For example, if you are familiar with the Myers-Briggs temperaments, and if that personality typing system resonates with you, then you might want to read Michael and Norrisey's book, Prayer and Temperament. They write about four different forms of prayer, one for each of the four fundamental Myers-Briggs types. If your personality type is an NT, they suggest Thomistic prayer: discursive prayer focused on who, what, where, when, why, and how. Thomistic prayer primarily proceeds from an exegesis of Scripture. If your personality type is NF, they suggest Augustinian prayer: the prayer of transposition. Transpositional Prayer takes a situation in Scripture and transposes it into the present day. It then imagines how Jesus would respond in that current situation. If your personality type is an SJ variant, Michael and Norrisey suggest Ignatian prayer: take an event in Scripture, particularly one in the life of Jesus, and imagine your way into the event so that you are present there. Hang out there until Jesus responds to you. And if your Myers-Briggs typology is an SF variant, they suggest Franciscan prayer: spend a lot of time in nature observing and respond to God through what you sense. All of these are examples of prayer practices that support your personality.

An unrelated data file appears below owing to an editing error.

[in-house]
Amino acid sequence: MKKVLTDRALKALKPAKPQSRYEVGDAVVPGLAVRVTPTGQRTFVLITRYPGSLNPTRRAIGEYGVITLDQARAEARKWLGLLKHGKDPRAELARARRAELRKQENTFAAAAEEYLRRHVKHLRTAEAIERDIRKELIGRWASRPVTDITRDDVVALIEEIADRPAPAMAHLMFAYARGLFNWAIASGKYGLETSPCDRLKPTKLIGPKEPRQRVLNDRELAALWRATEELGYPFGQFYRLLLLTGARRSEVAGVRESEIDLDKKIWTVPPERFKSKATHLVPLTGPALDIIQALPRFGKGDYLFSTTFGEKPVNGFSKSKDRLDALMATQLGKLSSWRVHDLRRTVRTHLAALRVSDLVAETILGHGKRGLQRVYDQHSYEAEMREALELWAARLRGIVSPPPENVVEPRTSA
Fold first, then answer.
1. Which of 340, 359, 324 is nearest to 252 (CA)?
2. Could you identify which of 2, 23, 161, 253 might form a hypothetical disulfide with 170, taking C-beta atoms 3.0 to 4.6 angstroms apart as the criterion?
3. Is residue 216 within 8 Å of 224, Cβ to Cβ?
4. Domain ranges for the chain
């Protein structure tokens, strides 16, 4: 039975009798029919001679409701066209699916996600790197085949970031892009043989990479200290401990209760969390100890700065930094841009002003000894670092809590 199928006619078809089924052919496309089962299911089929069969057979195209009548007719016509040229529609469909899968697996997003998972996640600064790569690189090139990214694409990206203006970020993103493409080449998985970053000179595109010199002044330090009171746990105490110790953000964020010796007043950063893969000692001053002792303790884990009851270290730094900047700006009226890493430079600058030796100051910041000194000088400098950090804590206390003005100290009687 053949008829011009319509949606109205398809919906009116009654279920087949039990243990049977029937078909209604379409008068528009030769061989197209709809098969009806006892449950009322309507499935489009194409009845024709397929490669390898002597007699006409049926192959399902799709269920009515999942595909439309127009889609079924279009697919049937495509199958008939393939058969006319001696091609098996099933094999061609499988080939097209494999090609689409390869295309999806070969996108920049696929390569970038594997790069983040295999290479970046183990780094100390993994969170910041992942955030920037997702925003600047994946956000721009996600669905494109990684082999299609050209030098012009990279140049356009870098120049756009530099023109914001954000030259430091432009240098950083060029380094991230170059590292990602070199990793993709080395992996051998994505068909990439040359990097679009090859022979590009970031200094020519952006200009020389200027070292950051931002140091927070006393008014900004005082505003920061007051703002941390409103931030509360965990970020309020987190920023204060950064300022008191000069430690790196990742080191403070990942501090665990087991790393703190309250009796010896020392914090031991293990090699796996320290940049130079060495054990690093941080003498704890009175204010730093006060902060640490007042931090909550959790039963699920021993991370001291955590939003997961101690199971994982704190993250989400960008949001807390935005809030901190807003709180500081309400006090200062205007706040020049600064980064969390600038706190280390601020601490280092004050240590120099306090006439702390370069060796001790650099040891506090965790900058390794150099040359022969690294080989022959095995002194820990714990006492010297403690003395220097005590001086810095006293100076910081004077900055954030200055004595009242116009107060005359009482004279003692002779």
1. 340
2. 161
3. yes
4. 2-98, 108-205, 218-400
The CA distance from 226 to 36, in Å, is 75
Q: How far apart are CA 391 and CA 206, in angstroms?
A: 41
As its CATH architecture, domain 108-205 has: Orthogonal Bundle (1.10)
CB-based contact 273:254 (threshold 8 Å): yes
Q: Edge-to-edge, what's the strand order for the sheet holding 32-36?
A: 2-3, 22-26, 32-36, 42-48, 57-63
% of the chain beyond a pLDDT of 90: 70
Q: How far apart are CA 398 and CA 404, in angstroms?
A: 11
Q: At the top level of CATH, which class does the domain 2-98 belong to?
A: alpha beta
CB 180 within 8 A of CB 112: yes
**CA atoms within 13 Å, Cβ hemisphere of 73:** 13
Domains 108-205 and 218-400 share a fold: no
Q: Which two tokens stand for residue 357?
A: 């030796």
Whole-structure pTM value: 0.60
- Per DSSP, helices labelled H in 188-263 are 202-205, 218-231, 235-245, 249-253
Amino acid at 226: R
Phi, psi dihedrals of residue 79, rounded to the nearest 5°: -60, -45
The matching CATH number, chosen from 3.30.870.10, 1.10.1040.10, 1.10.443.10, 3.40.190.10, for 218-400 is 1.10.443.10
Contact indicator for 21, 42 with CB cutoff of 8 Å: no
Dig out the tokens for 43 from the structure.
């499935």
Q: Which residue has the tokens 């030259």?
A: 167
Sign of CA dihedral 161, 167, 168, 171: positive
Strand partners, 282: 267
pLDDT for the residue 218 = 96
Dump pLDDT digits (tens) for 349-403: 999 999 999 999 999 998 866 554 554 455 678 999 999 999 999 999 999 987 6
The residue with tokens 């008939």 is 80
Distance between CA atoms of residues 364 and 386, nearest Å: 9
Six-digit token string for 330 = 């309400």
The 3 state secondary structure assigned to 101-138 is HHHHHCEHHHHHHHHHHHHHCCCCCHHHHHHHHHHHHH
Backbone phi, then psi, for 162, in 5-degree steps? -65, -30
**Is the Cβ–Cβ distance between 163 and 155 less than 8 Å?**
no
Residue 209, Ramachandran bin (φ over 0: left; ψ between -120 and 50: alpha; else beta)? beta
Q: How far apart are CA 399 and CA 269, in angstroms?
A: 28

If Myers-Briggs does not appeal to you, you might try the typing system called the Enneagram, which I personally like. It differentiates between nine basic personality styles, each of which identifies a particular form that structural Sin takes in our life. Enneagram theorists argue that we build our personalities around our structural Sin - what in earlier Christian theology was called "our besetting sin" and that affects what we attend to, how we interact with people, and how we interact with God. It's a particularly helpful personality profiling system for purposes of figuring out how to help yourself pray. If you'd like to try it, go to the Enneagram Institute website, take the RHETI profile, then read a little bit about your personality type and begin thinking about what forms of prayer would work for you.

So for example, you may discover that you are a personality type that wants to always be right. Doing it right is important to you, and that the first thing you notice in any situation is what is wrong. If so, then using written prayers may work for you: try the Book of Common Prayer; try praying prayers out of the Oxford Book of Prayer; try praying the Psalms or the prayers of Paul. As another example, you might discover that you are a personality type that has to feel needed in order to feel loved. If so, then a practice of intercession might work for you. The point is that you find a way of praying that supports who you are. This is particularly important during the first part of your life. As you are building your life structures: deciding who you're going to spend your life with, what you're going to do to earn your living, and how you want to make a difference in the world, prayers that support you in this effort will be very helpful.